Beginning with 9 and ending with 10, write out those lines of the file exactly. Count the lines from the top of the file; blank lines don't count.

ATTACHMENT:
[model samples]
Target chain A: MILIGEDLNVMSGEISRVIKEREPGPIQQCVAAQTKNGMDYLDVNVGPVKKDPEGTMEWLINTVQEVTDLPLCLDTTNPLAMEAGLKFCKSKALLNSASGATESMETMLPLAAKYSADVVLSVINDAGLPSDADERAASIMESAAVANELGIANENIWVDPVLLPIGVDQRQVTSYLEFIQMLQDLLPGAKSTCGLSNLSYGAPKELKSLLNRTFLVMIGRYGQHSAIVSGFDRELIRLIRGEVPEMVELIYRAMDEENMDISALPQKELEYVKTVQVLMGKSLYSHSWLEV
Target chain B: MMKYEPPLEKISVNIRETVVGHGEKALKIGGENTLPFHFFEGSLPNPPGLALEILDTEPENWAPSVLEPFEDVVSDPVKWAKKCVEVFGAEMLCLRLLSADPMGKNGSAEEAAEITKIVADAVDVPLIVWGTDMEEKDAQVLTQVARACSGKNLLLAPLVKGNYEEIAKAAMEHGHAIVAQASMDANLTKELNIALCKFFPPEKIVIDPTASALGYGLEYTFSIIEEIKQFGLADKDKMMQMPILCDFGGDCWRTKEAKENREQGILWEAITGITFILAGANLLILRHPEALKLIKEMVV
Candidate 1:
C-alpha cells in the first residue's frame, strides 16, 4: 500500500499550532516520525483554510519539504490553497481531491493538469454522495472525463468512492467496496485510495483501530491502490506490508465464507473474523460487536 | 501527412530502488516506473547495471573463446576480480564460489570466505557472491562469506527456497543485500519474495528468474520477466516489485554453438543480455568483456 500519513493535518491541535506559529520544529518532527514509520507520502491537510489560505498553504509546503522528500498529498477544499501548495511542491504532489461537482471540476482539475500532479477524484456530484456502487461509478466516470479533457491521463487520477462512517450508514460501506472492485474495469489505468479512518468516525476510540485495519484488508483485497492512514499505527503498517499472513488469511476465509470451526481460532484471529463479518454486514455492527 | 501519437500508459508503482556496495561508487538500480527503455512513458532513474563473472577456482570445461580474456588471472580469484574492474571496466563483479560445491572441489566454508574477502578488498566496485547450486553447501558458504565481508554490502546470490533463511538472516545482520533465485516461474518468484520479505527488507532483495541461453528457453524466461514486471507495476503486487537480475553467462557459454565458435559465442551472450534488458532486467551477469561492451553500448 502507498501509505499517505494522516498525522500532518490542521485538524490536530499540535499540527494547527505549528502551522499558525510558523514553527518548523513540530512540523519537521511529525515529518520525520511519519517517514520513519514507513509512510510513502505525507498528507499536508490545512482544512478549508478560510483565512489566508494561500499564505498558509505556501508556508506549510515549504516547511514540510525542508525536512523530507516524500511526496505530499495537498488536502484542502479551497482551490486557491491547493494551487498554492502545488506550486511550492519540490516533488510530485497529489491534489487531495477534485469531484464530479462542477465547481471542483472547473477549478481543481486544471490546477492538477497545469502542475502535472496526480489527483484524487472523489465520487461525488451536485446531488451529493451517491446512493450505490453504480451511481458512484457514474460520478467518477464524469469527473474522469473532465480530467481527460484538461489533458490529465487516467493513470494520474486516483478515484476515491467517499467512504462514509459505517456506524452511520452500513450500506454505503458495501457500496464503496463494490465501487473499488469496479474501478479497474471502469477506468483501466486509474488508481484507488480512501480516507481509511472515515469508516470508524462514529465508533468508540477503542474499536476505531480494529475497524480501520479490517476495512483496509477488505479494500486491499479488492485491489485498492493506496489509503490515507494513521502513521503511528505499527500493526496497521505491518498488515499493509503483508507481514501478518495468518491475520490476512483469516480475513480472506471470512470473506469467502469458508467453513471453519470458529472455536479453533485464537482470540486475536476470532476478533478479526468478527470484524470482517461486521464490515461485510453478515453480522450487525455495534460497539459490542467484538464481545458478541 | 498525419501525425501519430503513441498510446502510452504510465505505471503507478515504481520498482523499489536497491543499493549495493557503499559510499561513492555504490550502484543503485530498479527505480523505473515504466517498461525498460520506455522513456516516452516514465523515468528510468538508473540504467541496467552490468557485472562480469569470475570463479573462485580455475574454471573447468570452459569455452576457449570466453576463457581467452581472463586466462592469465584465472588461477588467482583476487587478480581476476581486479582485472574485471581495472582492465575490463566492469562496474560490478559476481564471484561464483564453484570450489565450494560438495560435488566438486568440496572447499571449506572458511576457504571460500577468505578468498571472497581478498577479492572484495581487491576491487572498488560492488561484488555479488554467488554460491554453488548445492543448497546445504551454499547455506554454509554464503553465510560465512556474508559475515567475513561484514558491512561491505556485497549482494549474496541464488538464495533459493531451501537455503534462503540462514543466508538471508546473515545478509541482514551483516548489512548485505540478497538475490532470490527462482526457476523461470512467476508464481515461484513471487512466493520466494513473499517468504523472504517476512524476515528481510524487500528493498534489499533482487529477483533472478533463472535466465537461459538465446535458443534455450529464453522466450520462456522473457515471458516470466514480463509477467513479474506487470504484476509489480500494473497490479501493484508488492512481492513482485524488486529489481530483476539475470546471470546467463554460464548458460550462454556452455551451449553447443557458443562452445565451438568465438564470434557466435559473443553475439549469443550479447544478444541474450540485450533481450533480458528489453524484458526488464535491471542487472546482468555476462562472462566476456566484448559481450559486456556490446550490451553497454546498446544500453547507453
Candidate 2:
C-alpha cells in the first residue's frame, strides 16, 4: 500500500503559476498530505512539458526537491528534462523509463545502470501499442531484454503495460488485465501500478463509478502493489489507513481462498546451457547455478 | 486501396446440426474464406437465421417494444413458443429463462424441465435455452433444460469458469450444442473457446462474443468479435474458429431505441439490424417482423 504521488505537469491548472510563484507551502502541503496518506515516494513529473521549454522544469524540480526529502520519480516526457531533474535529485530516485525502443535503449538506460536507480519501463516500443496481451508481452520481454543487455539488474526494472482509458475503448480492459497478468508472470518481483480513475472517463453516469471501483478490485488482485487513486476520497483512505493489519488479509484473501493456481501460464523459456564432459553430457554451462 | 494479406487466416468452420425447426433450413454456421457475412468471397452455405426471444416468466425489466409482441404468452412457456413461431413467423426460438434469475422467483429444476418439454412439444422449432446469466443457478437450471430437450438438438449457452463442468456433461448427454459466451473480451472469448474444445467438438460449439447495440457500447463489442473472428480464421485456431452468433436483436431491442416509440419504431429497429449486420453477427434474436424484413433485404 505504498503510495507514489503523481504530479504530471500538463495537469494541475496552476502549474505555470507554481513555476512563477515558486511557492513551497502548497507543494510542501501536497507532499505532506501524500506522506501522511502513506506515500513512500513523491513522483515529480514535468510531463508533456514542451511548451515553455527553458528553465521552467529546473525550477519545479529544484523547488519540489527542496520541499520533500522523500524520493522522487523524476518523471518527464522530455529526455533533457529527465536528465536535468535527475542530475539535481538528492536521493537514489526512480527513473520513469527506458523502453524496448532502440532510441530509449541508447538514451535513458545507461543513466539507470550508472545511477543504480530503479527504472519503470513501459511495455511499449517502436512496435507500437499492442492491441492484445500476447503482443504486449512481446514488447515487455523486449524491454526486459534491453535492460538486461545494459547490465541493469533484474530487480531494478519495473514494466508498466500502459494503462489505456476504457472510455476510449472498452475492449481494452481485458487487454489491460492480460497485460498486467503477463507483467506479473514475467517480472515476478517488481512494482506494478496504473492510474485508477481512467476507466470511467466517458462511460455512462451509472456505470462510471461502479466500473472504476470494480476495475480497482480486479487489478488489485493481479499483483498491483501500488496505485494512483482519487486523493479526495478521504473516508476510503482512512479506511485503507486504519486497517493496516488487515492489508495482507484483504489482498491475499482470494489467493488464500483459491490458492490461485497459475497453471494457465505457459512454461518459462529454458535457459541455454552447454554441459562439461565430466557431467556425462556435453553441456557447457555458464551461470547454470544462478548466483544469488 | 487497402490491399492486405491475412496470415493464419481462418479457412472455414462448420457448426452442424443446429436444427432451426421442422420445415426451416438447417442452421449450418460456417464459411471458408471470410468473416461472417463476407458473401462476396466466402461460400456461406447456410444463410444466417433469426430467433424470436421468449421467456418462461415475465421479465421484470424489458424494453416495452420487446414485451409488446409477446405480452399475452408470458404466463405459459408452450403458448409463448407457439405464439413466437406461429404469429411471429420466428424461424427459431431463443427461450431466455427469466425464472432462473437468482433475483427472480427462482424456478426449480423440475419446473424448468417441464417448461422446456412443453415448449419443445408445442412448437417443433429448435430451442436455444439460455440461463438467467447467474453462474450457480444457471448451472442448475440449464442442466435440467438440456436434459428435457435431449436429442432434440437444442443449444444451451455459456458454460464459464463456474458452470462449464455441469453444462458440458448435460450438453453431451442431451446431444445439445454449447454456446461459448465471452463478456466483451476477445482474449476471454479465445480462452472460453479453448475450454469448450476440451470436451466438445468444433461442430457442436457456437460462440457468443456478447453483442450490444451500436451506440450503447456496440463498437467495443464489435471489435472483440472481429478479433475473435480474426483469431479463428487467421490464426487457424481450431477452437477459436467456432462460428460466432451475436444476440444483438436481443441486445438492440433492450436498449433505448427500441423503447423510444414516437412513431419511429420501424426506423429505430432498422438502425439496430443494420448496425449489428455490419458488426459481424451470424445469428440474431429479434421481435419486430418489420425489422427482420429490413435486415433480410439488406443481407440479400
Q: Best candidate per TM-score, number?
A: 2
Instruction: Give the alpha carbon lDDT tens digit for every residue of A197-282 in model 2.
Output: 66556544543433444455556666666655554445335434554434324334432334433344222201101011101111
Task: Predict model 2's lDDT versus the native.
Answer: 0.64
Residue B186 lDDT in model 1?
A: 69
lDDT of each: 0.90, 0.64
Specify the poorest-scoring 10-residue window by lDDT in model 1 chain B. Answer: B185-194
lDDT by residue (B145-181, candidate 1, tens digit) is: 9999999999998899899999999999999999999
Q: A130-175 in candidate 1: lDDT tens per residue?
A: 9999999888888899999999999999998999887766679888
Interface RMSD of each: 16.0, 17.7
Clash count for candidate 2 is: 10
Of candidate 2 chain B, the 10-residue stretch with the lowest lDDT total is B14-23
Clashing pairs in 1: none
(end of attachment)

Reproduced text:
A: 2
Instruction: Give the alpha carbon lDDT tens digit for every residue of A197-282 in model 2.